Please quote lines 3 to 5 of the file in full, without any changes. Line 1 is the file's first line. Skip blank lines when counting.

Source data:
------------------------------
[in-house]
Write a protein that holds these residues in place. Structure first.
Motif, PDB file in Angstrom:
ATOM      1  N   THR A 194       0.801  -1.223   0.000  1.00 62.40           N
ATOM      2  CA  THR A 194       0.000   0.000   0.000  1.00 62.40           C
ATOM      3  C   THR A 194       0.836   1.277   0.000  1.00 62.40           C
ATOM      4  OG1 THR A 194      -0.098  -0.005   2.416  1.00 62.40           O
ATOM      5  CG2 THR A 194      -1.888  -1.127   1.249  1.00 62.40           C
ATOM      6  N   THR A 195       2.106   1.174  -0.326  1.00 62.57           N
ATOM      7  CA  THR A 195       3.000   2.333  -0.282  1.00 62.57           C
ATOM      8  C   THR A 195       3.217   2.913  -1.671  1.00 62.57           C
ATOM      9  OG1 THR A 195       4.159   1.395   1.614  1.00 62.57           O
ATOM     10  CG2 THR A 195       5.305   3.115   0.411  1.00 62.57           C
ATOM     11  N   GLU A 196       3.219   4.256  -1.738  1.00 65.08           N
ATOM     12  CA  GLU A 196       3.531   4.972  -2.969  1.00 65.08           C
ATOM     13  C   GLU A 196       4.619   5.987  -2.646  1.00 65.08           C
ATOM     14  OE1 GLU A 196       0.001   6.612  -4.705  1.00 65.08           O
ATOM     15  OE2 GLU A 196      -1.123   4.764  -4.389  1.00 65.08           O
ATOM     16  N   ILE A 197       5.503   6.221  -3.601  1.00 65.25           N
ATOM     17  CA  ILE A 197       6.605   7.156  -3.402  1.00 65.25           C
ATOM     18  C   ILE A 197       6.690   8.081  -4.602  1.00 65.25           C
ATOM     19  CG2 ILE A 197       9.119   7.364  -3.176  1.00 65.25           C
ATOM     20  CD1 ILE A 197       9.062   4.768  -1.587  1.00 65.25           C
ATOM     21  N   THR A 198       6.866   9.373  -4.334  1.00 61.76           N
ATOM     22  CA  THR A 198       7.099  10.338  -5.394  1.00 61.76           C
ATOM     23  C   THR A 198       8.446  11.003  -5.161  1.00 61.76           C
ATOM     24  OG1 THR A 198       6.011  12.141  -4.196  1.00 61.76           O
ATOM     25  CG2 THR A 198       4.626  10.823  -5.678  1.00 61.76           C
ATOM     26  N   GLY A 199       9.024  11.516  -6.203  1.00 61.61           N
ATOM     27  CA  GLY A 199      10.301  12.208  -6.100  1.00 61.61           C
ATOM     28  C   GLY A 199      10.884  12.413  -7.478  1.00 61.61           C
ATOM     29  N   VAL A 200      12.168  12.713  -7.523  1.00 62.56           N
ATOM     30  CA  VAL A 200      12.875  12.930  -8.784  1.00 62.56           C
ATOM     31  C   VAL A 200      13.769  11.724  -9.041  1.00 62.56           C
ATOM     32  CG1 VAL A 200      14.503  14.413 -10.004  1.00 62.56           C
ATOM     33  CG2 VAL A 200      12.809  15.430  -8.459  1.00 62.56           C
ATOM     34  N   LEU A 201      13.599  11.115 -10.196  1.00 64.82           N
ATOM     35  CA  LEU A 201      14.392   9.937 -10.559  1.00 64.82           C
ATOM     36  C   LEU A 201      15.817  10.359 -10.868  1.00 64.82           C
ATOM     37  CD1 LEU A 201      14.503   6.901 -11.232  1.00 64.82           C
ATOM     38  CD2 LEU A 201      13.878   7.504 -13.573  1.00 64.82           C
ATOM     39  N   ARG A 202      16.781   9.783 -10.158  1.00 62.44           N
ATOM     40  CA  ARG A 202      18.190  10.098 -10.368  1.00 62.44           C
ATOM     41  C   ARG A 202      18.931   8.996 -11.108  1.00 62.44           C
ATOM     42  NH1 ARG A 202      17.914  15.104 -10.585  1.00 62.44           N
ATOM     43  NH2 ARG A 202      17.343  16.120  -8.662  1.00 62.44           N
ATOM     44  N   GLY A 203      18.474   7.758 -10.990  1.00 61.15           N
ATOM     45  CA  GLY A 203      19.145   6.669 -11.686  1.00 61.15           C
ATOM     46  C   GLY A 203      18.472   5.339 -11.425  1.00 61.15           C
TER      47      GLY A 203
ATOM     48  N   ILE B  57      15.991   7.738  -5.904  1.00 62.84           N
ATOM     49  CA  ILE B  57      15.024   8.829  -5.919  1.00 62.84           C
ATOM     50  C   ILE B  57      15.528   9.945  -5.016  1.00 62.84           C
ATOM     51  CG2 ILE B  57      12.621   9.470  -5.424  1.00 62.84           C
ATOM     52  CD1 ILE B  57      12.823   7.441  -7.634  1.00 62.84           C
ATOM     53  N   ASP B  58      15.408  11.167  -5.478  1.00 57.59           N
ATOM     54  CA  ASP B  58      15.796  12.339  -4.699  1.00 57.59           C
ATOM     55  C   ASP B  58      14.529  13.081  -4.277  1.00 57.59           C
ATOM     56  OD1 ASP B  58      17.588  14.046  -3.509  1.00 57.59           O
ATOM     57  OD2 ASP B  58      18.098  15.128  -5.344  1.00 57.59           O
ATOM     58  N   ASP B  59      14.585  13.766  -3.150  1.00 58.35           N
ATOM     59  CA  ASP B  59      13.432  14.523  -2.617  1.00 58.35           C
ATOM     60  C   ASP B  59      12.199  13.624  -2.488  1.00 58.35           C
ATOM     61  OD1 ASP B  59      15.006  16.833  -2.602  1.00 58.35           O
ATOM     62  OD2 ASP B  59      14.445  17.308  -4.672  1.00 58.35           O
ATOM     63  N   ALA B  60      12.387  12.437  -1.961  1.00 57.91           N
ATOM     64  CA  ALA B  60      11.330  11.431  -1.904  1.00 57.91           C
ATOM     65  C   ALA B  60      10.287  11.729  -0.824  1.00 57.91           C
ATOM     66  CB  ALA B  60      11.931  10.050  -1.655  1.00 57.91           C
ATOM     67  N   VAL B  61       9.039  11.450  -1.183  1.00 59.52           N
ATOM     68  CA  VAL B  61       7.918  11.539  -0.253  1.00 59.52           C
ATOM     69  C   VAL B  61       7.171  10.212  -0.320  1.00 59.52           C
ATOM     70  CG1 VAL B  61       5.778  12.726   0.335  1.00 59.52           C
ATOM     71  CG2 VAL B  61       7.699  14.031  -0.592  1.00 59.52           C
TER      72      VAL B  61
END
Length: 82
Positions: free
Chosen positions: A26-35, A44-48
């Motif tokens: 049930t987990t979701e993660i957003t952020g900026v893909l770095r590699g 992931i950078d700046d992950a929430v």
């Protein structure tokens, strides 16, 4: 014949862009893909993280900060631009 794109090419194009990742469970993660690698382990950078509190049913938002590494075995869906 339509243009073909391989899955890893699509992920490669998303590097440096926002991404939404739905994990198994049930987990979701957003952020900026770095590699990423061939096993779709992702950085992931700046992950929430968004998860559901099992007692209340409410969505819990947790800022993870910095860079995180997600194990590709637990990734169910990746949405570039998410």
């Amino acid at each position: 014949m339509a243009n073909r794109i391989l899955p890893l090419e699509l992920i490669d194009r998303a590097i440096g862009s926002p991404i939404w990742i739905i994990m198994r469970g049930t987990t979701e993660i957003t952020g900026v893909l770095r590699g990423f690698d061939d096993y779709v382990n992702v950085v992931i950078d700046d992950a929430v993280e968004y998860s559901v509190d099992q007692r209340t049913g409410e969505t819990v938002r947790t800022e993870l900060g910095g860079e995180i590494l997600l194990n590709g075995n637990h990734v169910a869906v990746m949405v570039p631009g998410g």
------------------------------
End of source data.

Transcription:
Motif, PDB file in Angstrom:
ATOM      1  N   THR A 194       0.801  -1.223   0.000  1.00 62.40           N
ATOM      2  CA  THR A 194       0.000   0.000   0.000  1.00 62.40           C